The ADO policy below enables Advanced Row Compression, and since the policy specified “row” versus “segment” level compression, the tables’ blocks will be individually compressed when all the rows on a block meet the ADO compression policy that is specified (that being AFTER 2 DAYS OF NO MODIFICATION)

ALTER TABLE orders DATA LIFECYCLE MANAGEMENT ADD POLICY
ROW STORE COMPRESS ADVANCED ROW
AFTER 2 DAYS OF NO MODIFICATION;

This policy allows the post-load activity to subside on the table before compression is enabled. For organizations with SLA’s around the load times, this allows the table to be created and populated as quickly as possible, before implementing compression.

Second Policy - Enable HCC Query High Compression

The next policy, that was specified by the DBA, will be automatically enforced by the database (at the segment level) when Heat Map determines there has been no data modifications for 90 days. The policy changes the compression level of the table to a higher level of compression (HCC QUERY HIGH) when the data is being used primarily for queries/reporting.

ALTER TABLE orders DATA LIFECYCLE MANAGEMENT ADD POLICY
COLUMN STORE COMPRESS FOR QUERY HIGH SEGMENT
AFTER 90 DAYS OF NO MODIFICATION;

Changing the compression from Advanced Row Compression, to Hybrid Columnar Compression (HCC QUERY HIGH), occurs during a maintenance window after the specified ADO policy criteria has been met.

Third Policy – Enable HCC Archive High Compression

When this table further “cools down” additional storage gains can be realized when ADO automatically compresses the data to the highest level possible (HCC ARCHIVE HIGH) with Oracle Hybrid Columnar Compression. In this example, this data is still needed for query purposes, but is no longer being actively modified (no or few DML inserts/updates) and only occasionally queried or used for reporting. This cold/historic data is an ideal candidate for HCC ARCHIVE HIGH compression.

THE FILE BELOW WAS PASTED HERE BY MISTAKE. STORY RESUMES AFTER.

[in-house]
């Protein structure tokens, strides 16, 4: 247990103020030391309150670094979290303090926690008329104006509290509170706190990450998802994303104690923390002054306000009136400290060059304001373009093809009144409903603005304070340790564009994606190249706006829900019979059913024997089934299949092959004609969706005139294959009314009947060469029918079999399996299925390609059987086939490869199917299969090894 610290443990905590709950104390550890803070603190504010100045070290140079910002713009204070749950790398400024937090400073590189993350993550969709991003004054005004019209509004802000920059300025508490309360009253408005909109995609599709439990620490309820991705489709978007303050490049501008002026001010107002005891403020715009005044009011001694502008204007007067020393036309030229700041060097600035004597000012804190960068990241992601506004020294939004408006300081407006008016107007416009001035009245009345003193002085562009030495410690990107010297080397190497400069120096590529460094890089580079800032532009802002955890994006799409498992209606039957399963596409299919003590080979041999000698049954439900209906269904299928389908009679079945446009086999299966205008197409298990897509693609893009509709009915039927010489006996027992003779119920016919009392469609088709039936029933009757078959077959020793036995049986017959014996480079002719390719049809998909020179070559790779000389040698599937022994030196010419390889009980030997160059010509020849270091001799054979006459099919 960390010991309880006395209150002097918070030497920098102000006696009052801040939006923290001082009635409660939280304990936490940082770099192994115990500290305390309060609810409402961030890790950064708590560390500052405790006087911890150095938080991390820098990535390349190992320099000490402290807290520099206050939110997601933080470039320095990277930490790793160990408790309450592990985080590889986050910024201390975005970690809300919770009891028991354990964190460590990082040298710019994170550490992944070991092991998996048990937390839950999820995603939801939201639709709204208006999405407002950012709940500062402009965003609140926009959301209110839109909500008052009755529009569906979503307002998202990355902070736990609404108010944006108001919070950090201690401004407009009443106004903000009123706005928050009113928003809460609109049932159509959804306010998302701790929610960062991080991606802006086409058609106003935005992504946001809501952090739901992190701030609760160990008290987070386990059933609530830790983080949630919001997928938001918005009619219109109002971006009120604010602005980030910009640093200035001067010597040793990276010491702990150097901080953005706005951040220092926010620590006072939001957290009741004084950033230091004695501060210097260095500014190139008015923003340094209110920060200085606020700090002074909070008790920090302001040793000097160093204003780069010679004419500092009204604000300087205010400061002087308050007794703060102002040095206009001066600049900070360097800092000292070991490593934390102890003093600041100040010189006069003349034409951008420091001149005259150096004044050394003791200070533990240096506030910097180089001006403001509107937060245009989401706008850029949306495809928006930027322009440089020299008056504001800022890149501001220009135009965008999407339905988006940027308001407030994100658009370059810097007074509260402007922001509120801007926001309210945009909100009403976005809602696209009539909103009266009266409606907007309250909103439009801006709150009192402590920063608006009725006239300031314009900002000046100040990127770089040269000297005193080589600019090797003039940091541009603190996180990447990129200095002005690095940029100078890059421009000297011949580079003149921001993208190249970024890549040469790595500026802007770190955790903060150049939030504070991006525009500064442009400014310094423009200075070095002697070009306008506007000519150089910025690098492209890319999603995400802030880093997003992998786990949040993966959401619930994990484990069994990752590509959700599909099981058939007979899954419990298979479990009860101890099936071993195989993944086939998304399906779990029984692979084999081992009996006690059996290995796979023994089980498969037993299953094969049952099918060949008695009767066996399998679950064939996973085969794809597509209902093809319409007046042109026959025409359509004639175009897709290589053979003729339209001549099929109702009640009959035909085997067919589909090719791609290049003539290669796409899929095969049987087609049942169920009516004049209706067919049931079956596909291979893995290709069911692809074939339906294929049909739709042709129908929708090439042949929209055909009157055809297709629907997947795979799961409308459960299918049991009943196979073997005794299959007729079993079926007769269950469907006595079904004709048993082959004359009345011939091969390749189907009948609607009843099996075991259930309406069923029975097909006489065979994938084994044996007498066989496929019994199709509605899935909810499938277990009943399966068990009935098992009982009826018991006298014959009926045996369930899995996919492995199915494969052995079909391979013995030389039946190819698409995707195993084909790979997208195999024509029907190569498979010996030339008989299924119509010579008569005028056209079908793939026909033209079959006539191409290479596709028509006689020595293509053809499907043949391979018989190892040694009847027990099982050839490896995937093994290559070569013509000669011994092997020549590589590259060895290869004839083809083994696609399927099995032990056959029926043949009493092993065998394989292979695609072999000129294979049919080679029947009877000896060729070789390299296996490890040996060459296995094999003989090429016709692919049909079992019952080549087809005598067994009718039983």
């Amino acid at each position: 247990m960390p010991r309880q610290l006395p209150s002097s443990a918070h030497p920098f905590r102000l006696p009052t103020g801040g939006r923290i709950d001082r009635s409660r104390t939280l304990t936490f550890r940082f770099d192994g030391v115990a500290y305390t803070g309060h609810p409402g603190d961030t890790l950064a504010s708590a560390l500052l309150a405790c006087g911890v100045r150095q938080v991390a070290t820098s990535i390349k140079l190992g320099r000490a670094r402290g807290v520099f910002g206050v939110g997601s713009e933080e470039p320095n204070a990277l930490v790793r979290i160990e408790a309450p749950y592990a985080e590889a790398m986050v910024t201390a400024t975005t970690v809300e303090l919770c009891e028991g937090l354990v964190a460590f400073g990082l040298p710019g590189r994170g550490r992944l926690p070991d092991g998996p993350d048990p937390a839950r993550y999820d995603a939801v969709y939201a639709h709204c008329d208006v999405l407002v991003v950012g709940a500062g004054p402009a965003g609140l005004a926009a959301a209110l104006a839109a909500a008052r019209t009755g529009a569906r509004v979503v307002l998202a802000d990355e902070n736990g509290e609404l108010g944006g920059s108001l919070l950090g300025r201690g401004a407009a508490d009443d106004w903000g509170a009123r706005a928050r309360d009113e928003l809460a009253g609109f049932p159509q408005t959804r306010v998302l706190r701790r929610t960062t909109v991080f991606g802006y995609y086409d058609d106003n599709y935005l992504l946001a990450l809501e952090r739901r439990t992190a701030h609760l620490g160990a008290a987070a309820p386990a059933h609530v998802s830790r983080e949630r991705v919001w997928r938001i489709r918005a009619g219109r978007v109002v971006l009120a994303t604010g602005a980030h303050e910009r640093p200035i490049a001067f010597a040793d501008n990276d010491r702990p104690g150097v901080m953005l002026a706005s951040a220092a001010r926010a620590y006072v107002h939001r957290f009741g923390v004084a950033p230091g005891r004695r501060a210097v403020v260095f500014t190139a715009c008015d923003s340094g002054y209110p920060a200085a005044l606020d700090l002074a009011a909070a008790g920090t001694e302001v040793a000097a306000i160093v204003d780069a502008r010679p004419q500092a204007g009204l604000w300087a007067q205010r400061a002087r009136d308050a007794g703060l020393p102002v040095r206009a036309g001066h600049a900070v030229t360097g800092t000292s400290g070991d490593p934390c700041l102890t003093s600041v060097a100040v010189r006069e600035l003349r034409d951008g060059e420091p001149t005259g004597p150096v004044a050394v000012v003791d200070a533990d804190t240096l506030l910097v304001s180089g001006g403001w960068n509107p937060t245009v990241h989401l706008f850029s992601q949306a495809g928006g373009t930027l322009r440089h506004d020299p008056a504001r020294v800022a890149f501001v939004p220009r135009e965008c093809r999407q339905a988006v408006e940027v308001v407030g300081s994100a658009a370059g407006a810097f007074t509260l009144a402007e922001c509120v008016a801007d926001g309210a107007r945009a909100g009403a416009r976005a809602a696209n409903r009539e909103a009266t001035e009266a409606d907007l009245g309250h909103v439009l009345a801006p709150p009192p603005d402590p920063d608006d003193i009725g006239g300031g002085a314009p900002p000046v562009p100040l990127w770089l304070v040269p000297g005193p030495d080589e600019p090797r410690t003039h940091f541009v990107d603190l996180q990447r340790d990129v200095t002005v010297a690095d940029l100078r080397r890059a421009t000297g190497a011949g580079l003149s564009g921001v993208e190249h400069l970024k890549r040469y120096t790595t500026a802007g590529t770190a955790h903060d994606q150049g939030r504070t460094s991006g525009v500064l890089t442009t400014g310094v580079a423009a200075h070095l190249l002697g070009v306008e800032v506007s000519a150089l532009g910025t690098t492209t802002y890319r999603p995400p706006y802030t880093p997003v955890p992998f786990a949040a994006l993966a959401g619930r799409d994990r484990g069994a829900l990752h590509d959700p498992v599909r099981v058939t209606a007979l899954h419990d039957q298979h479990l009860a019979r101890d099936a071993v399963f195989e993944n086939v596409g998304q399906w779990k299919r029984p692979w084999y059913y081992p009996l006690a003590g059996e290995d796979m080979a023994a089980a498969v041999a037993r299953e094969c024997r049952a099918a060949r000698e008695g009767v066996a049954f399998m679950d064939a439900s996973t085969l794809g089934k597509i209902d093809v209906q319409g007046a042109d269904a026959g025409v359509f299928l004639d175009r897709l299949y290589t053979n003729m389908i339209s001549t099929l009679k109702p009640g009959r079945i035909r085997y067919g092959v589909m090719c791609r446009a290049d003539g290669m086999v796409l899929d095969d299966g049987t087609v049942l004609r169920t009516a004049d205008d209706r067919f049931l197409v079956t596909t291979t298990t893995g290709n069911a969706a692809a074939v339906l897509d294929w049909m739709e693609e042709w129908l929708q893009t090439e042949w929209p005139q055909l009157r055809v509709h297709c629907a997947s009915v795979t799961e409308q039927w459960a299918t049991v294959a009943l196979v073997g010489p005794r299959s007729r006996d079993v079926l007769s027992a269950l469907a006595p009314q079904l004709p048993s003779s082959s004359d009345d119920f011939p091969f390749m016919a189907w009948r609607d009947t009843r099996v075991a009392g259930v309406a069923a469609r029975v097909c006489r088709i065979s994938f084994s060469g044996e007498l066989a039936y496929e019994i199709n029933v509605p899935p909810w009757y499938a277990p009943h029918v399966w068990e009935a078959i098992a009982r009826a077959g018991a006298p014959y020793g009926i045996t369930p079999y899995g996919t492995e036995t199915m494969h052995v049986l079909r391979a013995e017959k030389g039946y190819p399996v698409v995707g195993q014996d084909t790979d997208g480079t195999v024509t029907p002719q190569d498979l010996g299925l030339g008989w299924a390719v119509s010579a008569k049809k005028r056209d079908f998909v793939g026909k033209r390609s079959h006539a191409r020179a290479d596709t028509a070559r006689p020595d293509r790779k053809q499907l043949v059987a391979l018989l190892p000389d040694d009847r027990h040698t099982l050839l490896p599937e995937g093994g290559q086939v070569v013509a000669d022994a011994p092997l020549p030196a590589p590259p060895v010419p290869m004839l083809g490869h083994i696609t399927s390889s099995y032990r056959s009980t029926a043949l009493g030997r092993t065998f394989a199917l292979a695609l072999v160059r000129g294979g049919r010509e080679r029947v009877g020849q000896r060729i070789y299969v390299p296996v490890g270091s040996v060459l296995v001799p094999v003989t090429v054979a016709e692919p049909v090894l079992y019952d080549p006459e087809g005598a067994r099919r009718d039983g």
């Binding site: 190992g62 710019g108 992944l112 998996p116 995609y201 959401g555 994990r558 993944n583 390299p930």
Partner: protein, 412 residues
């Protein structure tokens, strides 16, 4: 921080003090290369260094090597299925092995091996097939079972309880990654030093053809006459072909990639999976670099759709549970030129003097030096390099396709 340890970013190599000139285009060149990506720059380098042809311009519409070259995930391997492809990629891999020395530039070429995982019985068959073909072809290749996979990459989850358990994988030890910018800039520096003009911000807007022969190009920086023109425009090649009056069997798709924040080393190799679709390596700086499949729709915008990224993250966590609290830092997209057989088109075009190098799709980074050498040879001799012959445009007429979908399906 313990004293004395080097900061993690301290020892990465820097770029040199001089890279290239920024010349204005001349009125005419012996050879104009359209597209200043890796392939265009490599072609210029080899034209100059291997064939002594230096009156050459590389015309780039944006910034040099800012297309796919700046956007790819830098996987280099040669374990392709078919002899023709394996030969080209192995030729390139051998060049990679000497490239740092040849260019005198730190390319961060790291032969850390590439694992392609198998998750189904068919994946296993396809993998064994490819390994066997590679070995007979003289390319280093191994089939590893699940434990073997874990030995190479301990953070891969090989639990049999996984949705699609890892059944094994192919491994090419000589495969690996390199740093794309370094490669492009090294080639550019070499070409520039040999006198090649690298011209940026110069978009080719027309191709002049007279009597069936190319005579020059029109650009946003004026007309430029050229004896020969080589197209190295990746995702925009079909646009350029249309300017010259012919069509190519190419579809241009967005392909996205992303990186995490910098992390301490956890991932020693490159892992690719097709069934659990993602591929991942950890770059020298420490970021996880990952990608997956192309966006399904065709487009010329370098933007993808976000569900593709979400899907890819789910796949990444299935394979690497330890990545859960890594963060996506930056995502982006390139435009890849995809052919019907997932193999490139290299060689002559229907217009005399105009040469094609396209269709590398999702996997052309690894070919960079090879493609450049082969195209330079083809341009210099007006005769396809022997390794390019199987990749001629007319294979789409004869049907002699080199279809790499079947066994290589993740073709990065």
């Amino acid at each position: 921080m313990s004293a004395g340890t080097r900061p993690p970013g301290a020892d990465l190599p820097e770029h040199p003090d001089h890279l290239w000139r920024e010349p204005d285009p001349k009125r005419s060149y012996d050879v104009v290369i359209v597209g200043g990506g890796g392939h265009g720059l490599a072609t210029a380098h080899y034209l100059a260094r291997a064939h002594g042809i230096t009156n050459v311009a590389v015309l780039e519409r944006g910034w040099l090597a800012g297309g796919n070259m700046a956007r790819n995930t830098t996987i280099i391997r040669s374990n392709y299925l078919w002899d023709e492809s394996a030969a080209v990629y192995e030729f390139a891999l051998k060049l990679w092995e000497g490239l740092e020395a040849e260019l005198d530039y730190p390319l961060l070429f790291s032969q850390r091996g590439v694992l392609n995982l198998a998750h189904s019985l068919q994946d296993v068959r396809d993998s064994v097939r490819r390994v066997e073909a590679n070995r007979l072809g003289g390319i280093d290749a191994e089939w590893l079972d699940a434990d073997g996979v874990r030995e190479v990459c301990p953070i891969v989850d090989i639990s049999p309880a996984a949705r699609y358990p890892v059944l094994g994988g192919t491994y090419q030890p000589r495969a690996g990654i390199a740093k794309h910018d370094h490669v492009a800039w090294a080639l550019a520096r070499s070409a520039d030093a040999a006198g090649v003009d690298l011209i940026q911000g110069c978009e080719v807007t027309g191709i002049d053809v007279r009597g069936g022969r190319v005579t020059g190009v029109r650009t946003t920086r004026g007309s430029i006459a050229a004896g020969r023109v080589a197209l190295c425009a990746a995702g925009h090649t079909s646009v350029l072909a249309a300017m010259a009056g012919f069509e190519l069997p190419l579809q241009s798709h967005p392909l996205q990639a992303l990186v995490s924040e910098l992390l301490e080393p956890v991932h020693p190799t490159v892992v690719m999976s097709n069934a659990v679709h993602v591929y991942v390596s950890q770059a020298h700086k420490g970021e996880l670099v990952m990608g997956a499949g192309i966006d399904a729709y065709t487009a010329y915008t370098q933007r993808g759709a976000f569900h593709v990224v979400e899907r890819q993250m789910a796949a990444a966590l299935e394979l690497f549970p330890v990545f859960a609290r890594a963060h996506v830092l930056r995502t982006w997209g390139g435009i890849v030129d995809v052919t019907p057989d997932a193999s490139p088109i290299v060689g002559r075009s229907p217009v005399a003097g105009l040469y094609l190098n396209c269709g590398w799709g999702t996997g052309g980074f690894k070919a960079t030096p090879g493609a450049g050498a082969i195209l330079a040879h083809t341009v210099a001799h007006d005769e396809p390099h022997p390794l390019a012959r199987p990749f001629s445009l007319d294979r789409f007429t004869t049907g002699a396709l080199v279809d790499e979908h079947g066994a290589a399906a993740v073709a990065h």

After 180 days of no modification to the data, this ADO policy will be applied.

ALTER TABLE orders DATA LIFECYCLE MANAGEMENT ADD POLICY
COLUMN STORE COMPRESS FOR ARCHIVE HIGH SEGMENT
AFTER 180 DAYS OF NO MODIFICATION;

With the final ADO compression tiering policy criteria being satisfied, the data is now compressed to the HCC ARCHIVE HIGH level and could be moved to lower cost storage (Tier 2). This allows active data to remain on higher performance tiers and allows the historic data, which remains online, to be accessed by applications as needed and ensures a smaller footprint for the historic data.

This example used the “best practice” approach of compressing using both Advanced Row Compression and Hybrid Columnar Compression. Advanced Row Compression (as well as Heat Map and ADO) are features of Advanced Compression. While HCC does not require Advanced Compression, it does have other requirements, please see the Oracle HCC Tech Brief for more details. While data compression tiering best practice does include the use of HCC, if an organization does not have access to HCC, then they would use only Advanced Row Compression in their ADO policies.

Index Optimization

The ADO policy “OPTIMIZE” clause provides an opportunity for ADO to optimize an index whenever the ADO policy condition is met, for example:

ALTER INDEX orders_idx DATA LIFECYCLE MANAGEMENT ADD POLICY
OPTIMIZE AFTER 3 DAYS OF NO MODIFICATION;

The optimize action invoked by ADO is determined automatically by Oracle Database, and includes:

Compress:           Compresses portions of the key values in an index segment

Shrink:                  Merges the contents of index blocks where possible to free blocks for reuse

Rebuild:               Rebuild index to improve space usage and access speed